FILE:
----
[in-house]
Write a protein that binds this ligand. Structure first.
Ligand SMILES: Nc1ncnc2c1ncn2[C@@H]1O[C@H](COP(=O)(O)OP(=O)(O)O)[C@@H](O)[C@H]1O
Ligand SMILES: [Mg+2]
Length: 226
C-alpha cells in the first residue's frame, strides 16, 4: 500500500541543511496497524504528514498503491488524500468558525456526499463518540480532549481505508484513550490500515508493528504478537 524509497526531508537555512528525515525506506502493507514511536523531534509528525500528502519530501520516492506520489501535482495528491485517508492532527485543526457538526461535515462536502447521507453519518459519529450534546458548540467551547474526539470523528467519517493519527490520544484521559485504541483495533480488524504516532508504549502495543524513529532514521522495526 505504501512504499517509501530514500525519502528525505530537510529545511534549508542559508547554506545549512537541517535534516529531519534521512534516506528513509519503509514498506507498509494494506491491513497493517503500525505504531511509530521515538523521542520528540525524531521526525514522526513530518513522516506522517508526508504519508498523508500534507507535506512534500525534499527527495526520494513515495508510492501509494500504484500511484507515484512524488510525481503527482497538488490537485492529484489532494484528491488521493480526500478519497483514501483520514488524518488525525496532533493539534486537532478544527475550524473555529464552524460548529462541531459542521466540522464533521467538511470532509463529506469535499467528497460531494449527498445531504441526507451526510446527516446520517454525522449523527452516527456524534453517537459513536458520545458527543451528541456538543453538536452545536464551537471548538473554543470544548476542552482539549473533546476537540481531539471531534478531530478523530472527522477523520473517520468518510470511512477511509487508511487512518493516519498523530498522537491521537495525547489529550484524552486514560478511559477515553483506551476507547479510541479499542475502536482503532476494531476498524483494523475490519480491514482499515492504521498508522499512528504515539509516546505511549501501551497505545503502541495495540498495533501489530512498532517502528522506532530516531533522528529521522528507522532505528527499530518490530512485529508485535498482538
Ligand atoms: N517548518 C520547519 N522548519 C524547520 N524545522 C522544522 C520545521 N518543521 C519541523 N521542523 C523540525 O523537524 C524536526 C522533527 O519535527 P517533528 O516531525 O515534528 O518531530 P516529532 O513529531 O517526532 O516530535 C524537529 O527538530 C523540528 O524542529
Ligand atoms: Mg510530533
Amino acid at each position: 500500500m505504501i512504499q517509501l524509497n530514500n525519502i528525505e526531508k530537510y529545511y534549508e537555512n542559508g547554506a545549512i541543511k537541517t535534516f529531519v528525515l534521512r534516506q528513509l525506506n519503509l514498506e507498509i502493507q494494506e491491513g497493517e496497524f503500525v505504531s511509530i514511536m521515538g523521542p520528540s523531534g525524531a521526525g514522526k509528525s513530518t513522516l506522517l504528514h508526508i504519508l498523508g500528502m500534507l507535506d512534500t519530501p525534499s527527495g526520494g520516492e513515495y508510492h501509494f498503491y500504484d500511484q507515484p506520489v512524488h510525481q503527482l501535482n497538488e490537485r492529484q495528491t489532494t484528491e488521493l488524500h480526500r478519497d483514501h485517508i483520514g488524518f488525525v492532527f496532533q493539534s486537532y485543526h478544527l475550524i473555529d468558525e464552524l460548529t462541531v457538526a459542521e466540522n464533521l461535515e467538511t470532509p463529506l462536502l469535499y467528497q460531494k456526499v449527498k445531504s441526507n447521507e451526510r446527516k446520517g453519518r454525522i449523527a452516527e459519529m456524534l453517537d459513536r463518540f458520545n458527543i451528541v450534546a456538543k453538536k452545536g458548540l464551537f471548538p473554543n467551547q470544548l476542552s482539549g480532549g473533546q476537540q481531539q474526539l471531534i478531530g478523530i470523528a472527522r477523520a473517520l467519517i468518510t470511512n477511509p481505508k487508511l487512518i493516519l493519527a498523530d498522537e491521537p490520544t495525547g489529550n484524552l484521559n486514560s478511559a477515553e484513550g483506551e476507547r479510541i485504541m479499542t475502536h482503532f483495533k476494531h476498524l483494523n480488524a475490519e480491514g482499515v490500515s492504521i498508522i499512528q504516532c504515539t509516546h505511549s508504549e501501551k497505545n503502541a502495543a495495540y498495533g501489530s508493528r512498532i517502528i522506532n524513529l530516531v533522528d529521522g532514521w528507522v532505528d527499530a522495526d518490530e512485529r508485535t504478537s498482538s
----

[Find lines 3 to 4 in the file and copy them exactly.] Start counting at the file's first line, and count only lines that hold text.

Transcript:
Ligand SMILES: Nc1ncnc2c1ncn2[C@@H]1O[C@H](COP(=O)(O)OP(=O)(O)O)[C@@H](O)[C@H]1O
Ligand SMILES: [Mg+2]